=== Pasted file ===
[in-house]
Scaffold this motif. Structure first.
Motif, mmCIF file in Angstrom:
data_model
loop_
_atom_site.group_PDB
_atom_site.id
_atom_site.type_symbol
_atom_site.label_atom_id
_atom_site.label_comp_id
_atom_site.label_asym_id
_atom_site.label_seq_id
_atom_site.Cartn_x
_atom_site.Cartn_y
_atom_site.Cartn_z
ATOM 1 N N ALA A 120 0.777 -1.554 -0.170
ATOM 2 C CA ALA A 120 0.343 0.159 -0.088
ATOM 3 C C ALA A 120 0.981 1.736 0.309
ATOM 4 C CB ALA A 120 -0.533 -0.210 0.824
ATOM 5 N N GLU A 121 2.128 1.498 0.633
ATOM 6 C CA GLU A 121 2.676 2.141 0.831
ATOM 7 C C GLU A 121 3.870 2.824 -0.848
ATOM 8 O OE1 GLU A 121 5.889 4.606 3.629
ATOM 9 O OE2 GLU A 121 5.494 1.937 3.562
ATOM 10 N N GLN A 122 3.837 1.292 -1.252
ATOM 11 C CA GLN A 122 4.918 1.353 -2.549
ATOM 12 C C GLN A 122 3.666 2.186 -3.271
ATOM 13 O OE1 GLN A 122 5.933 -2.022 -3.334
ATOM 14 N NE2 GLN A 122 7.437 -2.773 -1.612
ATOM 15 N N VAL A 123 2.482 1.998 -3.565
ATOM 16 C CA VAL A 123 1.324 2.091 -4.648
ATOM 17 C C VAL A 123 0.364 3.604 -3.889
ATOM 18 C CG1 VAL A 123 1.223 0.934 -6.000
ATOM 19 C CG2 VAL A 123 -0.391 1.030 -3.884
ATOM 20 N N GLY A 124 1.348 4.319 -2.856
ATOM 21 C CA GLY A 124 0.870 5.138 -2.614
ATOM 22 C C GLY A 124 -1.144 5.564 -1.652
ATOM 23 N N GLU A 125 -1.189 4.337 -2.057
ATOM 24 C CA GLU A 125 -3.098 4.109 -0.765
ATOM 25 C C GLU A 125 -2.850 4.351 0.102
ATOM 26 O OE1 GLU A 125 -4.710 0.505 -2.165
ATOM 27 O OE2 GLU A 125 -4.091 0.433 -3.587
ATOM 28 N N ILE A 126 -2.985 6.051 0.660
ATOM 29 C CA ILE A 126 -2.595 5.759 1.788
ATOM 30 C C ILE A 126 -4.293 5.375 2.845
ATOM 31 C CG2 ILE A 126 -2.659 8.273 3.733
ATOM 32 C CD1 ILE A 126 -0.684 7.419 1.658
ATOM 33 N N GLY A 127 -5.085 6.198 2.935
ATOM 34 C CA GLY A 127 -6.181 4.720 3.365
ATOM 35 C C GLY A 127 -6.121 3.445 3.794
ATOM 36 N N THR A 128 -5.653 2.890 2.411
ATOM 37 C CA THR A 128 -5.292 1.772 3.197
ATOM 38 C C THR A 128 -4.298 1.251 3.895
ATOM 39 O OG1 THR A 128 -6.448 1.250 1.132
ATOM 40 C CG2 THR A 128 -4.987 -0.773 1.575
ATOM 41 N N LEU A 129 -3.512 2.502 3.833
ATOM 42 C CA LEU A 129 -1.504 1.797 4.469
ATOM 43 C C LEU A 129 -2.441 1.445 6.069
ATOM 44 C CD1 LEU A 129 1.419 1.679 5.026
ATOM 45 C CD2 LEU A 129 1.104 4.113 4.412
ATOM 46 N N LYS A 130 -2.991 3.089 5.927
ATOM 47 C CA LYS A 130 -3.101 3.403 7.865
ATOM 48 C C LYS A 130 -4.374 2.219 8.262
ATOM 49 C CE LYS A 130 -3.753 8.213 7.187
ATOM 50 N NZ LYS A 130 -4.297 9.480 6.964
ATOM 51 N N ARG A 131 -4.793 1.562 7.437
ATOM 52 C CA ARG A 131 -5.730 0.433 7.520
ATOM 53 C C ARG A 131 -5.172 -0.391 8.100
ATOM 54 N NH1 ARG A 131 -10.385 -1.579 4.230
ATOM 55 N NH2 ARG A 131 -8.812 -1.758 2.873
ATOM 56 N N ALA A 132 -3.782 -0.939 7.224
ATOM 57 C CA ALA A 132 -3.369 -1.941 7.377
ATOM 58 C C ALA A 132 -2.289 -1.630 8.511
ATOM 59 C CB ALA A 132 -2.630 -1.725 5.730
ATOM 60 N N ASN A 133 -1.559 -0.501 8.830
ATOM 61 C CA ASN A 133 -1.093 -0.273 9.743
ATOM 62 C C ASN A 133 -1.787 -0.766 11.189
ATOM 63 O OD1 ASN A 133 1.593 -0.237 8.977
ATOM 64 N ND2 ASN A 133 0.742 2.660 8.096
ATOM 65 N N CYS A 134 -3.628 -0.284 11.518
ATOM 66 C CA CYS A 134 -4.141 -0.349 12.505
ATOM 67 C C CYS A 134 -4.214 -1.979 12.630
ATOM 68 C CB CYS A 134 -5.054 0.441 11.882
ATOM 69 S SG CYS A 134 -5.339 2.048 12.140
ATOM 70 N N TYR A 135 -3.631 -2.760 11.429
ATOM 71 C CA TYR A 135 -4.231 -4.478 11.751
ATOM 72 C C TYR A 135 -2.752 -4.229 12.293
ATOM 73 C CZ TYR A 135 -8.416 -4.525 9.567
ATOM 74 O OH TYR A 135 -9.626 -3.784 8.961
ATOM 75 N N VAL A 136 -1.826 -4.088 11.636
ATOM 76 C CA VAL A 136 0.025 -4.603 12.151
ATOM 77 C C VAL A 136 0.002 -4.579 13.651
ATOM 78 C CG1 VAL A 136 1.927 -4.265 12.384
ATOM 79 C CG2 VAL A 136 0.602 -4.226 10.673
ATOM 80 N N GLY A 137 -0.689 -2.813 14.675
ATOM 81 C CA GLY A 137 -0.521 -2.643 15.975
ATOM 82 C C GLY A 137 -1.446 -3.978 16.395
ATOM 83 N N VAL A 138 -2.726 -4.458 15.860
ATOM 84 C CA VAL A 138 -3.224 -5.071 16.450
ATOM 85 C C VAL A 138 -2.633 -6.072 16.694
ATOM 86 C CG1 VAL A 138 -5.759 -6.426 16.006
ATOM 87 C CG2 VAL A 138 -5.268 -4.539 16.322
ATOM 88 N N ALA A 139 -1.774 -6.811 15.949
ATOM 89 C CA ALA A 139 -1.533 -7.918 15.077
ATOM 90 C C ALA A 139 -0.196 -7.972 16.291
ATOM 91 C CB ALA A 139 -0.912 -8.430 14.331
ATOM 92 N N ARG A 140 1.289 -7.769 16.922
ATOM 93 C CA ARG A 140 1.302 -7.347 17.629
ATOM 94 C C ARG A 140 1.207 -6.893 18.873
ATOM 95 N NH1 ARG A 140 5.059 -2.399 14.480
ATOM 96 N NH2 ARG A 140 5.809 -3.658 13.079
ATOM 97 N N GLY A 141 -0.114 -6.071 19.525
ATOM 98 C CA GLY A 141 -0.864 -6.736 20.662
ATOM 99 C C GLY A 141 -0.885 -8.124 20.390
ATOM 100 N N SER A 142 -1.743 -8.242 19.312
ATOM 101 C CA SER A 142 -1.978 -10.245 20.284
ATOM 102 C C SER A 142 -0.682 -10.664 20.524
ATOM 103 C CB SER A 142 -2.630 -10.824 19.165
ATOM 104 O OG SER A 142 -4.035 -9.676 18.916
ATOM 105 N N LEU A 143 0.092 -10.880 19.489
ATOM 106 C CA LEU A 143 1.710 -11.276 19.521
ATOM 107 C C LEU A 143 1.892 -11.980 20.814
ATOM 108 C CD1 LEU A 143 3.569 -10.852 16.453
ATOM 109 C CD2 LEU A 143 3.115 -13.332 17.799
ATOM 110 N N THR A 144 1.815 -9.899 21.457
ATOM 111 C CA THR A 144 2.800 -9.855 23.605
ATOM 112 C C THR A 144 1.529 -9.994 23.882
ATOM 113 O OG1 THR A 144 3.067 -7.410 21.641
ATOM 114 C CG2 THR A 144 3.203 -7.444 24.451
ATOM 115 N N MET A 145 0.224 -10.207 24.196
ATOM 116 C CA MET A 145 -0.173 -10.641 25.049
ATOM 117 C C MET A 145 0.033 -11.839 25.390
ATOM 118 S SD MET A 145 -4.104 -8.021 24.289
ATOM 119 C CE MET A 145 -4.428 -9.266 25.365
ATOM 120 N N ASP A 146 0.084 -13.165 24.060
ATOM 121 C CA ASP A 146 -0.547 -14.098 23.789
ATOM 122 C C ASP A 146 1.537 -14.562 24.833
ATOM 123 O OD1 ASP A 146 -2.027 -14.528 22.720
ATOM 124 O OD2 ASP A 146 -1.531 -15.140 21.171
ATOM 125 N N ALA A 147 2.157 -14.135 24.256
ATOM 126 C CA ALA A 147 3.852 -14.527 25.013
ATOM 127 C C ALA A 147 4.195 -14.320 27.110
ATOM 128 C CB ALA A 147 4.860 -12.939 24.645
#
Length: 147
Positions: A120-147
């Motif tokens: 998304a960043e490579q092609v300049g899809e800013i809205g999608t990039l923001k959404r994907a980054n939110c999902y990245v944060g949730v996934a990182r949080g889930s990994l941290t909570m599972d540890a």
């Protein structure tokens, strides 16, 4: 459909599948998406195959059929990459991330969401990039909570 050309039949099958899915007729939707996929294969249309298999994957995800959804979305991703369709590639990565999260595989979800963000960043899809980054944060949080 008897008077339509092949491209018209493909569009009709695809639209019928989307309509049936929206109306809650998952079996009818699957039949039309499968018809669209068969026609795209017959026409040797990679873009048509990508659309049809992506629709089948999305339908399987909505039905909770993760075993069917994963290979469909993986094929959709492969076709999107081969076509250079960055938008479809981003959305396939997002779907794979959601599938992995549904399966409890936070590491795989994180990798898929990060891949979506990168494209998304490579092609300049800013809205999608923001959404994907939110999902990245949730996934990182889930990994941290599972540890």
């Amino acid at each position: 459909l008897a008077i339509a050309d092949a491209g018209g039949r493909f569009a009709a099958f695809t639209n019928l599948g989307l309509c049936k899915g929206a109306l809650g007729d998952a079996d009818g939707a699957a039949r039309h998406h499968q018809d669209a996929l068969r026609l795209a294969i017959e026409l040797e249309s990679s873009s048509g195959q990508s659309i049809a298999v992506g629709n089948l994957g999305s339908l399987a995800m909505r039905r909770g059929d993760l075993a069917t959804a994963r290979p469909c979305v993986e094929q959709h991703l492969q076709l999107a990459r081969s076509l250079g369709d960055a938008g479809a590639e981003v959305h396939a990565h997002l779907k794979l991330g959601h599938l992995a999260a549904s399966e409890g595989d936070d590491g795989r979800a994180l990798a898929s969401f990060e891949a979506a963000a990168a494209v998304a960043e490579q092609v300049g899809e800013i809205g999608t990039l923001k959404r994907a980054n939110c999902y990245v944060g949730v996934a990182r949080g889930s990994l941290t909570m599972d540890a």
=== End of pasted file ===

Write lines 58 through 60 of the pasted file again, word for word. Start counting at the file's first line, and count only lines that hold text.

ATOM 43 C C LEU A 129 -2.441 1.445 6.069
ATOM 44 C CD1 LEU A 129 1.419 1.679 5.026
ATOM 45 C CD2 LEU A 129 1.104 4.113 4.412